Cabin air filters are the unsung heroes of enjoying a pleasant atmosphere during your drive. Most people don’t even know they exist. Just like any other filters on your vehicle, they have a job to do and that job gets them dirty. Proper cabin air filter maintenance means knowing when to clean a cabin air filter or identify when a new filter is due. Most vehicles made after 2000 have these filters, and manufacturers generally recommend replacing them every 15,000–20,000 miles or so, depending on routine driving conditions, or roughly once a year.
Cabin air filters help keep the air inside your vehicle free of dust, mold, pollen and other fine particles that can be unpleasant or dangerous to ingest. When a filter is dirty, environmental contaminants sneak through and can cause discomfort. Additionally, a dirty or clogged filter can impact the efficiency of the cooling and heating systems for the car’s interior.
Most cabin air filters are located on the passenger side, under the glove box, but some are also under the hood, right behind the firewall. Depending on the car, there may be one or two. There are different ways to get at them on different vehicles, so check your owner’s manual for the proper way to remove the filter(s), as it might require the additional step of disconnecting the glove box. Even though removal is an easy process, handle the filters with care so as not to rip them. Even a small tear will require replacement.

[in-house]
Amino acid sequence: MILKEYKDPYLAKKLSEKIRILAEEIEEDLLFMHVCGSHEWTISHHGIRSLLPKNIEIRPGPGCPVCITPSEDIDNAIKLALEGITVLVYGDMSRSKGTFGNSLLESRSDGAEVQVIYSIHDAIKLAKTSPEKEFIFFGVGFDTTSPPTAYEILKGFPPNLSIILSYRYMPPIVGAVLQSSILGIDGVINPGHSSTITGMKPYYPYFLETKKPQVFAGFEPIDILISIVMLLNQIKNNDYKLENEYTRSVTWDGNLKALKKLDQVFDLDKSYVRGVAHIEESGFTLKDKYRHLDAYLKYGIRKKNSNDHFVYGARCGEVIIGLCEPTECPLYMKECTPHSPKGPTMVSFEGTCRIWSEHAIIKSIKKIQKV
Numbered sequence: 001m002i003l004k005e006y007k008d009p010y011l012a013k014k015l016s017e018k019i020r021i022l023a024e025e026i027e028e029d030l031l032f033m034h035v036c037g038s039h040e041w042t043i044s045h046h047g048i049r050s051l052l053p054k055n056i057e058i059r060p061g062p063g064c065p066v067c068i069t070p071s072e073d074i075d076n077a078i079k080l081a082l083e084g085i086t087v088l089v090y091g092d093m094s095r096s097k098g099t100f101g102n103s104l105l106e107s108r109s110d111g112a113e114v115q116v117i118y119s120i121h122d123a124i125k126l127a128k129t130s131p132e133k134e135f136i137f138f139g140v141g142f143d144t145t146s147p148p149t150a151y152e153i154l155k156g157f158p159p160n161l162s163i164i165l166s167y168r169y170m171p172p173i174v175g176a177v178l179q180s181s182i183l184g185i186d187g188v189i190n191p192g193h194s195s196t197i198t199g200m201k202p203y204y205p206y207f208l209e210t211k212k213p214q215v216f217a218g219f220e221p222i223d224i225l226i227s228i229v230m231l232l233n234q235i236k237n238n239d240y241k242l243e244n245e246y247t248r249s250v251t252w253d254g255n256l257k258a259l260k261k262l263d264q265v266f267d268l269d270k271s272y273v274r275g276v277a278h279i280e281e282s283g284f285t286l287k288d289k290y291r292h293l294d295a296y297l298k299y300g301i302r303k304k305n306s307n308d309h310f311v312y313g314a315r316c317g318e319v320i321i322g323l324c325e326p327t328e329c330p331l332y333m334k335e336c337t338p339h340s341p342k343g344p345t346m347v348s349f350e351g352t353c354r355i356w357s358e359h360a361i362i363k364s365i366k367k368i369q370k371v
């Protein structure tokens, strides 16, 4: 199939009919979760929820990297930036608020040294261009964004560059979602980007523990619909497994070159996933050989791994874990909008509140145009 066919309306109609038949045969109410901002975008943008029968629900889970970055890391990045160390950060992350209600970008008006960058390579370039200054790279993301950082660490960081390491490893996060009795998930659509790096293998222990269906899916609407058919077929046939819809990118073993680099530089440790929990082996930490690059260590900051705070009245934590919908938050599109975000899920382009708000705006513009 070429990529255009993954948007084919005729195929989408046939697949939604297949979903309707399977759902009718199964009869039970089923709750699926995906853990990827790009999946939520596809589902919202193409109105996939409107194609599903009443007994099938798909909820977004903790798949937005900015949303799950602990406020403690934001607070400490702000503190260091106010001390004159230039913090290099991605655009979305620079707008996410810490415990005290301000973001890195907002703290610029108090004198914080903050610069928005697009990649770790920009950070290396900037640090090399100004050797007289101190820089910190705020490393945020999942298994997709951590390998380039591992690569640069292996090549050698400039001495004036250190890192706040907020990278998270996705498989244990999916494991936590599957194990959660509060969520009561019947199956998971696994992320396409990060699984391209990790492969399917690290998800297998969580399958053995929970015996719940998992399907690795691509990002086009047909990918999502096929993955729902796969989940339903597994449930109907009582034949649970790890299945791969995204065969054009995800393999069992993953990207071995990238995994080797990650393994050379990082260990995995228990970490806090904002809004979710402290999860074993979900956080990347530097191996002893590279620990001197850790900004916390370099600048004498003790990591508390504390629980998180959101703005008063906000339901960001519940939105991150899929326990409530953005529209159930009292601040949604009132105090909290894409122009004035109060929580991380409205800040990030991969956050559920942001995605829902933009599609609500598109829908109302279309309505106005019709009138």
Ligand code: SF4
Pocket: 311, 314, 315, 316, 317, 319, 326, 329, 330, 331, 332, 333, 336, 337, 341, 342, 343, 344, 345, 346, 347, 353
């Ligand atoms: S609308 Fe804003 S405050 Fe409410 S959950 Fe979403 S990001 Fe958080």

Once the filter is out, you’ll notice that one side is dirtier than the other. Check for discoloration, accumulation of dust or dirt and tears or bent pleats. Remove any sticks or other larger debris by hand or whatever else might have accumulated.
Cleaning Different Filter Types
Cabin air filters come in cloth, carbon and paper. Paper filters should always be replaced, never cleaned. Some cloth and carbon filters are reusable and can stand up to a wash. Using a hose on low pressure, direct water from clean side to dirty, sweeping top to bottom. Then fill a container with soapy water, submerge, slosh back and forth and allow to soak for at least 10 minutes. Repeat if needed with another batch of clean soapy water, then rinse and let it air dry on a towel in the sun. Only reinstall when completely dry or you could end up with mold. There is a limit to how many times you can wash a reusable filter, so once it starts looking ragged or develops holes, it is time for a new one.
Cabin air filter maintenance is a simple way to improve air quality and help support the efficiency of your heating and cooling systems.
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Photo courtesy of Blair Lampe.
Blair Lampe is a New York-based professional mechanic, blogger, theater technician, and speechwriter. In her downtime she enjoys backpacking wherever her boots will carry her, rock climbing, experimental theatre, a crisp rosé , and showering love on her 2001 Sierra truck.